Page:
There are some treatments to stop drooling during sleep. Some you can do at home but some you need to specific medical treatments.
1. Sleeping position
The first thing to do is change your sleeping position. By sleeping on your back, you will be able to better control your saliva flow so it does not end in your face or soak your pillow. If you have trouble sleeping on your back, maybe it's because it's hard for you to breathe when you're in a new position. Note whether you feel "stuffy" or if you are experiencing acid reflux when you try to sleep on your back. Just paying attention to how you feel when you fall asleep may hold the key to finding out if there is a deeper problem.
2. Home treatment
It is important to maintain a healthy salivary balance in your mouth. Saliva plays an important role in protecting your body from infection, according to the American Dental Association.
If you try to squeeze a little, you might want to bite the lemon slices. Some people believe that oranges can dilute your saliva, making it less likely to pool. You might also consider drinking more water because staying hydrated will dilute the saliva you produce.
3. Mandibular device
The mandibular device is an oral device. It's something you put in your mouth - like a mouth protector - to make you sleep more comfortable and reduce drooling and snoring. This device is available for purchase online or at some specialty surgical equipment stores.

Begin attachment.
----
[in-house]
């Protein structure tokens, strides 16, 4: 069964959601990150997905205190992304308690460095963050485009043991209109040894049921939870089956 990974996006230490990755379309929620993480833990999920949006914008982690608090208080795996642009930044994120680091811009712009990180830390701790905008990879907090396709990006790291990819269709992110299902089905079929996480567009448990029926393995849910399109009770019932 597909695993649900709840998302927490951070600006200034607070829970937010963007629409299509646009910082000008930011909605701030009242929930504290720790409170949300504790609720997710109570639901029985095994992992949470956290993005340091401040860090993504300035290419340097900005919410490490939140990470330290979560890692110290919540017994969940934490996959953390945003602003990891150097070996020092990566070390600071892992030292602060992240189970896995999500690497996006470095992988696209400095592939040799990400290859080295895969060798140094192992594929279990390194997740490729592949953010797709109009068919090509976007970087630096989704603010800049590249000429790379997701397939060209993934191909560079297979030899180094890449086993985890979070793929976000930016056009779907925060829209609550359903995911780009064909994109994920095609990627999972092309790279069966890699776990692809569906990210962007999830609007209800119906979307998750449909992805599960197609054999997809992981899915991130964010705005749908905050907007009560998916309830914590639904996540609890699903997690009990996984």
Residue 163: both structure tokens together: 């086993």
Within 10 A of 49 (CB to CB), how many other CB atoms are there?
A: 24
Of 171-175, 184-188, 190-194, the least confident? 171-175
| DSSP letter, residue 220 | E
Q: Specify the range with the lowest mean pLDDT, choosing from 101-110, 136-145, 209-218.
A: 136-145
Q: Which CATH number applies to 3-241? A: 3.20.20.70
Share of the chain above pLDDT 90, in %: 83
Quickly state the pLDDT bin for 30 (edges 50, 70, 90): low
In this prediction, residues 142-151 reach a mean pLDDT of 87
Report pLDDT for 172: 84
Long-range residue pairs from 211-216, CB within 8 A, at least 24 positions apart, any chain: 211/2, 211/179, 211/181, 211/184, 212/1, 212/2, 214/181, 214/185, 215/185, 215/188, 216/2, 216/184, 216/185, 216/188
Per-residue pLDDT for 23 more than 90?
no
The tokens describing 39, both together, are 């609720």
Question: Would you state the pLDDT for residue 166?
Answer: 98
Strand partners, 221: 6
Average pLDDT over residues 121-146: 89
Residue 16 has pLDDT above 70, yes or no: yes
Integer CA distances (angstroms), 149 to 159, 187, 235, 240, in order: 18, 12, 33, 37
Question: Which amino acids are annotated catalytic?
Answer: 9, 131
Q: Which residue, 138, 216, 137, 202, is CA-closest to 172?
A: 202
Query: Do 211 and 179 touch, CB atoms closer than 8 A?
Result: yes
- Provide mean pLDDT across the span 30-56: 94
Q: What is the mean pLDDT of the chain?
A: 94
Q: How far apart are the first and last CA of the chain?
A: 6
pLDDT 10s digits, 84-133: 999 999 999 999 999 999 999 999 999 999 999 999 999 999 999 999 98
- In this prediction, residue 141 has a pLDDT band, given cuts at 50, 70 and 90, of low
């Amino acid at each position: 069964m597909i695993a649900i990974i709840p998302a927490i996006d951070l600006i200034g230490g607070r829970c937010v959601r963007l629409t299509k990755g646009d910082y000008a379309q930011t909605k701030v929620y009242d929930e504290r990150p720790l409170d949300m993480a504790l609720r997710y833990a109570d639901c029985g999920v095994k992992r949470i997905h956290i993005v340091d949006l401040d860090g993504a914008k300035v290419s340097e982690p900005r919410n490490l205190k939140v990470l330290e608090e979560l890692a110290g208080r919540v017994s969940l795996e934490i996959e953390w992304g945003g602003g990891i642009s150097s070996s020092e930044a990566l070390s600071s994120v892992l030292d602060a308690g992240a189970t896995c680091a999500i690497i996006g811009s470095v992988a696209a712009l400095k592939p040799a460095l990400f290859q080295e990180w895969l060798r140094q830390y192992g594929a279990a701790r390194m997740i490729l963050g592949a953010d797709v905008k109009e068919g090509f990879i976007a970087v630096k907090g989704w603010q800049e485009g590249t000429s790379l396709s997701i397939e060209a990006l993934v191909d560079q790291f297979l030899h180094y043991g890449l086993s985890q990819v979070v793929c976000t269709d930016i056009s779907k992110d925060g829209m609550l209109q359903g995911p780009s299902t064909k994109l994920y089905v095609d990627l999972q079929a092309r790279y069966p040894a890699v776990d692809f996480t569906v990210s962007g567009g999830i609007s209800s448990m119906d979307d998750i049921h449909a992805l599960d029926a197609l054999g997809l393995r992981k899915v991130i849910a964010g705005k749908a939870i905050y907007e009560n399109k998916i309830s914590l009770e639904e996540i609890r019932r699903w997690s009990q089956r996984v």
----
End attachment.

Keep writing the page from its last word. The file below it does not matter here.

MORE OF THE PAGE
4. CPAP machine
If saliva is an indication of sleep apnea, you should seek treatment. The most recommended treatment for sleep apnea is something called a continuous positive airway pressure (CPAP) machine. CPAP machines will not only help you get a better night's sleep, it will ensure that you are positioned safely and breathe well at night. You may drool with your CPAP machine; talk to sleep apnea treatment specialist about how you can stop this from happening.
5. Botox injections
Some people choose to take an aggressive approach to hypersalivation. One treatment is to inject Botox into the salivary glands that surround your mouth. This keeps the glands from overproduction of saliva. This treatment is not permanent, because in the end Botox will fade and your gland will function again.
There are some cases where doctors recommend that your saliva glands be removed. People who need their salivary glands removed usually have underlying neurological problems that are far more serious than just drooling in their sleep. This surgery generally manages to withstand hypersalivation, but people who consider surgery for these symptoms will be advised to try other treatments first.
Drooling in sleep You do not have to feel embarrassed, and there are simple steps you can take to try to improve this habit. If you are worried about how much you drool in your sleep or have reason to believe that your saliva is a sign of other health diagnoses, bring this issue to your doctor. Often waking up at night, never feeling rested, and frequent headaches and other sleep problems can indicate that something serious is happening.